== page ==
The editor was supportive and attempted to consolidate our differences, but was not successful. He described Ryan's draft as unsuitable for a peer-review journal. I knew now that I needed to consult someone for advice who had no knowledge of the situation, and phoned my friend Arthur Keats, now deceased, a former editor-in-chief of the journal, Anesthesiology, who was noted for his common sense and straightforward approach. He had tutored me as a junior examiner on the anesthesia boards, and I knew I could trust in an objective opinion that favored no one. He said that this was a sad story, but, when you lose a colleague, you lose a colleague's data, so forget it. Arthur had quite a formidable presence but a subtle sense of humor and used it in the board examination system. I provide an example later in this memoir when describing the American Board oral examination.

A Direct Contact from Harvard

During our efforts on the calcium uptake manuscript, the late senior Harvard Anesthesia Professor, Aaron Gissen, phoned. He was chair of an ad hoc Harvard committee examining the validity of the muscle calcium uptake test. Controversies concerning the test had prompted the university to establish his committee. Gissen informed me that a professor from another institution (personal files), a former President of the American Society of Anesthesiologists, had advised him to contact me. Gissen said that two members on the ad hoc committee (identities, personal files) were involved with the calcium uptake project, but that neither had mentioned the Mayo-Harvard study. He learned of it only after talking to me, during the several conversations in which we had phoned each other, and in which I described the study and our results.

Once the entire project was finished, in part because of the Ryan-Rosenberg brouhaha, I reviewed my records of letters, phone calls, and other related sources. My files relating to this specific study include more than 65 letters, phone calls, and other material involving members of both anesthesia departments, present and former officers of the American Society of Anesthesiologists, and others. Some who contacted me were concerned with success in publication, some with a major public relations problem for our specialty, and others with legal ramifications, institutional and personal. Those active in MH testing were vitally interested in this study and were disturbed to see its publication fail, particularly since it duplicated the results of the Rosenberg-Ryan study.

In June 1986, the Harvard investigators promoting calcium uptake testing published an article describing results in 121 patients, 76 of whom had survived unequivocal episodes as diagnosed by standard criteria (Allen et al, 1986).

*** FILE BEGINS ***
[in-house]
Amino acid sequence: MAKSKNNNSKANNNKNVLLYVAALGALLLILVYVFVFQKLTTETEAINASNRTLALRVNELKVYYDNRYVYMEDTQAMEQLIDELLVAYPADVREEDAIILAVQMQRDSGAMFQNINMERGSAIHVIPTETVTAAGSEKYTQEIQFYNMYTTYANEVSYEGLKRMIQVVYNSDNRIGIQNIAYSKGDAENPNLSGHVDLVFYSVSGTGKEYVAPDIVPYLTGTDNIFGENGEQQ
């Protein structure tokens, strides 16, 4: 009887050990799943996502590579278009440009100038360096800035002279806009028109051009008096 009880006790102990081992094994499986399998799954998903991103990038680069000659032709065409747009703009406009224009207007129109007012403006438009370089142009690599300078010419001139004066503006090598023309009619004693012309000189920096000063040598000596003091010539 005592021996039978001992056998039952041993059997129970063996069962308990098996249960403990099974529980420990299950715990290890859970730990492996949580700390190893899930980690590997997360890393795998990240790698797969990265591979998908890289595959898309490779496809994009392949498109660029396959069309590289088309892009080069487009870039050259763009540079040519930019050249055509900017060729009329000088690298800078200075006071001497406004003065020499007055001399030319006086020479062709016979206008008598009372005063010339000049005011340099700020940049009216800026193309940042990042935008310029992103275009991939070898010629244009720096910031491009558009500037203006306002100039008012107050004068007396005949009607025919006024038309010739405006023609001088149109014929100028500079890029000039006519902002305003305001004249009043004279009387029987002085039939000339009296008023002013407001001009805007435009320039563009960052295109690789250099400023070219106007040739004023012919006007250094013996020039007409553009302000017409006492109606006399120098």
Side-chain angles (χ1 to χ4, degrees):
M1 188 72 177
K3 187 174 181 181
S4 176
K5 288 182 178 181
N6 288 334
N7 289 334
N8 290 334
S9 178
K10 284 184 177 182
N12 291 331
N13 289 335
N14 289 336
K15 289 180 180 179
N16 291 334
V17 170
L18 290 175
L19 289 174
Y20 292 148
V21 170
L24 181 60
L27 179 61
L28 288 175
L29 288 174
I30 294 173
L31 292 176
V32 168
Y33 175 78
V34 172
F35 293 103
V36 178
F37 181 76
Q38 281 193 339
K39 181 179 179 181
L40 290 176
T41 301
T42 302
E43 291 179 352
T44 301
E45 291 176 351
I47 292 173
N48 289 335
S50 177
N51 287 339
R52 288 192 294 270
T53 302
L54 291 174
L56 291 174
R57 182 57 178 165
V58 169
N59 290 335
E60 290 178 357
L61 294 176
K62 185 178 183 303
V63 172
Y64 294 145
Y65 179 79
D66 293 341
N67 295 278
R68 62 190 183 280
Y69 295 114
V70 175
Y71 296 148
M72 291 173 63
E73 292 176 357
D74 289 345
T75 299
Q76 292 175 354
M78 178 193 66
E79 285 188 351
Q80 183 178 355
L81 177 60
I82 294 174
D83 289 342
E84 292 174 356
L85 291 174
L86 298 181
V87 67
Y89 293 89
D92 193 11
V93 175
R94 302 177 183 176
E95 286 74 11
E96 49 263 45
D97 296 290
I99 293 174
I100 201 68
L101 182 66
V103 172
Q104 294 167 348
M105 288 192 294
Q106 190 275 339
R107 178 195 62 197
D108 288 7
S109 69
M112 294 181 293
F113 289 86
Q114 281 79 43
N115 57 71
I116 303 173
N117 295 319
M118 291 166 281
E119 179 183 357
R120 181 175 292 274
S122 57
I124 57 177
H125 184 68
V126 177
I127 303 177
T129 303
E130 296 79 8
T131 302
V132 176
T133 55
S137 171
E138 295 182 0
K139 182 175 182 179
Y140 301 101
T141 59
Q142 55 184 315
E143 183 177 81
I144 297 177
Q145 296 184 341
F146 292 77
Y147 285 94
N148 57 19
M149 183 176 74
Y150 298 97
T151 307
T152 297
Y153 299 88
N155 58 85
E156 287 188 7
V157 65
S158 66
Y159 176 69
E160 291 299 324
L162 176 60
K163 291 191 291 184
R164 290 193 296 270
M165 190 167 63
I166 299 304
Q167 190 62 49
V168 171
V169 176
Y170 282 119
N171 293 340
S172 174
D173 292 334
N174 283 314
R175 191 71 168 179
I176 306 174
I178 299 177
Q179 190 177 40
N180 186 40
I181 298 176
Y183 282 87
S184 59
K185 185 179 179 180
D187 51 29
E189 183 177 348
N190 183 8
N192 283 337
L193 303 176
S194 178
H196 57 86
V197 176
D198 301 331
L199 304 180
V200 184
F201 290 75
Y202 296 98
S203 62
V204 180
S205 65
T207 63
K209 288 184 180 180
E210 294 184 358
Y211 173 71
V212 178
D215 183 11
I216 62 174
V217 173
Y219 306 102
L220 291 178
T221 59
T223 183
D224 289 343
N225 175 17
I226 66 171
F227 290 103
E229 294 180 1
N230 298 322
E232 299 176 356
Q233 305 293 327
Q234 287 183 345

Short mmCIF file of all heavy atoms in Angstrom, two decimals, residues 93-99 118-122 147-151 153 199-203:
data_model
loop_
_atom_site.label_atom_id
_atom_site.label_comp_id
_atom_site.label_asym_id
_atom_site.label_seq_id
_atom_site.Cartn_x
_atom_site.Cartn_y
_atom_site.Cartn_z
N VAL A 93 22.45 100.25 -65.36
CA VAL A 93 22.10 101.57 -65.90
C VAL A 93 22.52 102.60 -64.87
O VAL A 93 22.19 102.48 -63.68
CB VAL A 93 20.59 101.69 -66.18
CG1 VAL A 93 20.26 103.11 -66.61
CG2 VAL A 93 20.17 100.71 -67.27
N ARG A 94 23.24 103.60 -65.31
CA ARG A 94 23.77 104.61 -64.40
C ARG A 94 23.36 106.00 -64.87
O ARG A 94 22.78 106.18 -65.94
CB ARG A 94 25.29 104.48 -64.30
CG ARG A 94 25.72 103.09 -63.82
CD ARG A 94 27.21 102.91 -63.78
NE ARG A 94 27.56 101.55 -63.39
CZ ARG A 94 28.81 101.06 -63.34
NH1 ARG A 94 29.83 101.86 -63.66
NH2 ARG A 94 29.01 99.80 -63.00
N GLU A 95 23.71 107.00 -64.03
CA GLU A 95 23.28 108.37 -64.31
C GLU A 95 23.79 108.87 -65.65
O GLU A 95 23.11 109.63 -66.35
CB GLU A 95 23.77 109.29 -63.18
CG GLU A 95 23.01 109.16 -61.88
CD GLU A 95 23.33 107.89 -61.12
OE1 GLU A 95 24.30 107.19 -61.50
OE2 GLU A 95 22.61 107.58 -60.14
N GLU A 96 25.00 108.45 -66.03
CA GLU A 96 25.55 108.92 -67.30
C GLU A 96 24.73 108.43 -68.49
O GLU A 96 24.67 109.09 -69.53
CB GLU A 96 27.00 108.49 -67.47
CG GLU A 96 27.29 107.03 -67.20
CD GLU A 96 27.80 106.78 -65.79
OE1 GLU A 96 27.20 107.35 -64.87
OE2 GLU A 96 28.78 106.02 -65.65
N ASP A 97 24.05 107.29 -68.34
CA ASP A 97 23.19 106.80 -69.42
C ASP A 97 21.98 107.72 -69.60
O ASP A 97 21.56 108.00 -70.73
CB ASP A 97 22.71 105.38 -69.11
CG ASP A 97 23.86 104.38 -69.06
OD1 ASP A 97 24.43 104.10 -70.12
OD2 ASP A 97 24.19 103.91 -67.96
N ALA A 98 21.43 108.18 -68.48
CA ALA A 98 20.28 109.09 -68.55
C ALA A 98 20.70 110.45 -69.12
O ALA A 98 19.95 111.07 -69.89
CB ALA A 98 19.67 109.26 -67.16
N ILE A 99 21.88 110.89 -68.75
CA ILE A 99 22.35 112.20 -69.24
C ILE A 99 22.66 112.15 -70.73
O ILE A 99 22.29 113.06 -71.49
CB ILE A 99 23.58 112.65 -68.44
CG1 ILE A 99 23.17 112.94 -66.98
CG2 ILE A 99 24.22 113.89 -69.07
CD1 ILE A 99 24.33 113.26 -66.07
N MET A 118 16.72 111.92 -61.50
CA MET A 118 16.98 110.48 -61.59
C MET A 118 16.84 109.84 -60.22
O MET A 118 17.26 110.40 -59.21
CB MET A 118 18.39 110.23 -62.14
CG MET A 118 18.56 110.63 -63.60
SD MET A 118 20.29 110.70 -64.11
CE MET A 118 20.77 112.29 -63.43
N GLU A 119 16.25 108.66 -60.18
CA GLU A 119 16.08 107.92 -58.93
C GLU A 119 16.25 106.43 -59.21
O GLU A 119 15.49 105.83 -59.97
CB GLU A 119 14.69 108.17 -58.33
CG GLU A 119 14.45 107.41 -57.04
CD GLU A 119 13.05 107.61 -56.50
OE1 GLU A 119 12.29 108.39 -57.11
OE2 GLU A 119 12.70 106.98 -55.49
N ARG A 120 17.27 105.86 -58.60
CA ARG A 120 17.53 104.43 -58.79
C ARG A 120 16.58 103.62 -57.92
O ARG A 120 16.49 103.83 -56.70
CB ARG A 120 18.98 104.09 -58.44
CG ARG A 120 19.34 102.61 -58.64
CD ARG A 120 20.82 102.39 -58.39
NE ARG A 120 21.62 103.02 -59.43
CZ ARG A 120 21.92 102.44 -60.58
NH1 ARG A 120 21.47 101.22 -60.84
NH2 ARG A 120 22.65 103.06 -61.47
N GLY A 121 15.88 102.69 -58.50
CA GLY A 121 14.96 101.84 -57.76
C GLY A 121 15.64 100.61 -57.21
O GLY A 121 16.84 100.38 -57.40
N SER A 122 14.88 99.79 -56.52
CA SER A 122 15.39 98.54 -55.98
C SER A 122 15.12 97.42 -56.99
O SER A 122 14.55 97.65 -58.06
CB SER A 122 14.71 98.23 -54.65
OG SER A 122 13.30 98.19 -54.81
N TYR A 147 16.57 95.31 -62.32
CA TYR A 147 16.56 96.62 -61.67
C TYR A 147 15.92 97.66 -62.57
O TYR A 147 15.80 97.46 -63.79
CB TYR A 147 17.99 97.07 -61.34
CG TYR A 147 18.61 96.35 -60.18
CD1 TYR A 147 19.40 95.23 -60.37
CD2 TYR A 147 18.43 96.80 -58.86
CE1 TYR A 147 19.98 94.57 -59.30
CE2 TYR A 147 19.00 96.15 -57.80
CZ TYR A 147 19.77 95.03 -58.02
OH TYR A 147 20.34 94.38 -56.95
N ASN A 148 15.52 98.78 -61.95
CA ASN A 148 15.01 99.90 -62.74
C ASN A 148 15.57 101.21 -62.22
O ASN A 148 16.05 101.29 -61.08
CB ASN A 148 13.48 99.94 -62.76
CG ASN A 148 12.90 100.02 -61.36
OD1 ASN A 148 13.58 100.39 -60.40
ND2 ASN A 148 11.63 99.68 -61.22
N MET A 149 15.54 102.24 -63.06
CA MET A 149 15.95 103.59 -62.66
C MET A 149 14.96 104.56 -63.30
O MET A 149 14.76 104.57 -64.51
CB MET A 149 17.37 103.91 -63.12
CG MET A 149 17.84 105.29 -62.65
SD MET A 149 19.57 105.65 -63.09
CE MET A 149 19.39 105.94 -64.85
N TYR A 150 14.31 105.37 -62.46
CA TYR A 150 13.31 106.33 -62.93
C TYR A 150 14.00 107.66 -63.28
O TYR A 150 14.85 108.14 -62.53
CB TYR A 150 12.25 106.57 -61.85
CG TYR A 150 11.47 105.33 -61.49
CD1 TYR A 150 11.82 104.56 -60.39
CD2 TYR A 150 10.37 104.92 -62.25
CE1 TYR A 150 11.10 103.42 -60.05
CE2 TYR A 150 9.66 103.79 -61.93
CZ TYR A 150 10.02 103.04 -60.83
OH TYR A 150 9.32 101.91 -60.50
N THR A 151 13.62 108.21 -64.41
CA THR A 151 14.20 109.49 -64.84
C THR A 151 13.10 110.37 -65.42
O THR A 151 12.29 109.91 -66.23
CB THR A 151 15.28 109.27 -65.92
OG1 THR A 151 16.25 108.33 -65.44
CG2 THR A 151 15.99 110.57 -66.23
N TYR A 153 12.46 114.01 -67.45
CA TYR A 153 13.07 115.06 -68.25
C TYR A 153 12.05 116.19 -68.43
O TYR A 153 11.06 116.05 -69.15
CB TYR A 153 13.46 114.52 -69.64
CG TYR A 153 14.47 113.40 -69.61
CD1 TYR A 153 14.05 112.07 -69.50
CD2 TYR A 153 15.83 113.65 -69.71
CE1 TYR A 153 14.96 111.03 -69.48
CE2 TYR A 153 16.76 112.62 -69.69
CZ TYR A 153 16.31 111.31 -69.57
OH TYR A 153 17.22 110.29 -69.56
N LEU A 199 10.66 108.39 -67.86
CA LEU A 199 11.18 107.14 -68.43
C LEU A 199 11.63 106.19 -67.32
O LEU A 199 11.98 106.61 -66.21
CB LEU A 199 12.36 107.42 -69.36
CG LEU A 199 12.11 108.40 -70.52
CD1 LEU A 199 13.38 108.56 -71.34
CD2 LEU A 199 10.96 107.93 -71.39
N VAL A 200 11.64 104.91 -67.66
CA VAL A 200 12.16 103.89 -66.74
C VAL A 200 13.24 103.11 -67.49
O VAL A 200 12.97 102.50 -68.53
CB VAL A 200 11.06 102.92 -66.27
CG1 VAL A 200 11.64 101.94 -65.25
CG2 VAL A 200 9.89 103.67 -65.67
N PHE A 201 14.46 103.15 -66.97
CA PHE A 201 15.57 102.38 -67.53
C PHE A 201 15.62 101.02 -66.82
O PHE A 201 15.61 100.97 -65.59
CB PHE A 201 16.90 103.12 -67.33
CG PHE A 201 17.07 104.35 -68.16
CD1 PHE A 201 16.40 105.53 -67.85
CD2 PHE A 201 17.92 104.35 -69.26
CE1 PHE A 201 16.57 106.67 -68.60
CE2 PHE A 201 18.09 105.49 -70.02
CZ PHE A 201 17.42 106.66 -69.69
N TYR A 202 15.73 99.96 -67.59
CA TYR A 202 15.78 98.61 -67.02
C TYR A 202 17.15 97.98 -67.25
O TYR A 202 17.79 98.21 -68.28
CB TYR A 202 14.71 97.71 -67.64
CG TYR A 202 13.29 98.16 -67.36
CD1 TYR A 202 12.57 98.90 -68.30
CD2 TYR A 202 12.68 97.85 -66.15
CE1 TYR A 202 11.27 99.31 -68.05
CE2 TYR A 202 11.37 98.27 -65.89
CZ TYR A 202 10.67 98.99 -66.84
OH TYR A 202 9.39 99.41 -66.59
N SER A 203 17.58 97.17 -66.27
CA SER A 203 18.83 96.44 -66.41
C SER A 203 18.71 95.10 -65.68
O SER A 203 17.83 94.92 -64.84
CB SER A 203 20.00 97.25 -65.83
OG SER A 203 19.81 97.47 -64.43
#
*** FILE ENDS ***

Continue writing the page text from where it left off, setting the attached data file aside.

They concluded: "… the decreased SR Ca2+ uptake correlates so well with MH that it clearly may provide a valuable diagnostic tool."

But the test involves thin strips of muscle, not isolated SR, and they provided no details justifying these 76 ‘unequivocally' susceptible patients. This appears to be enthusiasm untempered by discipline, and in part led to calcium uptake being applied in determining care of patients (Schwartz et al, 1984; Watson et al, 1986), although that was strongly criticized (Ellis et al, 1986).

Unexpected: Harvard Abandons the Calcium Uptake Test

Then, a surprise: Harvard abandoned the test in late 1986. The Pathology Department representative commented in the MHAUS (Malignant Hyperthermia Association of the United States) Communicator that they were abandoning the calcium uptake test (spring and fall issues, 1987). They had performed the assay since fall 1985, and could not discriminate between normal and abnormal patients.

In the spring issue, Ryan stated that he was at a loss concerning the results of the Pathology Department, and that his group had successfully distinguished between patients with positive histories and normal controls for 12 years. They had examined more than 1200 muscle specimens and counseled more than 600 families. Laboratories could duplicate contracture test results, but not those of calcium uptake.

Verification of the Failure of the Calcium Uptake Test

In April, 1987, Muldoon's laboratory in the Department of Anesthesiology at the Uniformed Services University of the Health Sciences published a comprehensive refutation of the calcium uptake test (Nagarajan et al, 1987). It had performed contracture tests for diagnosis in 51 patients in the preceding years, and had frozen extra tissue. Her colleagues had now performed calcium uptake measurements on the preserved muscle tissue. Calcium uptake values had not declined in specimens stored up to 5 years at -70o C, -94o F. There was no correlation with any accepted prognosticators of MH susceptibility. They stated that calcium uptake data also may fail to correlate with results from isolated fragments of sarcoplasmic reticulum. Finally, re-biopsy of a patient originally tested by calcium uptake confirmed its unreliability (Jaffe et al, 1991). Experts in MH could now focus comfortably on promising tests.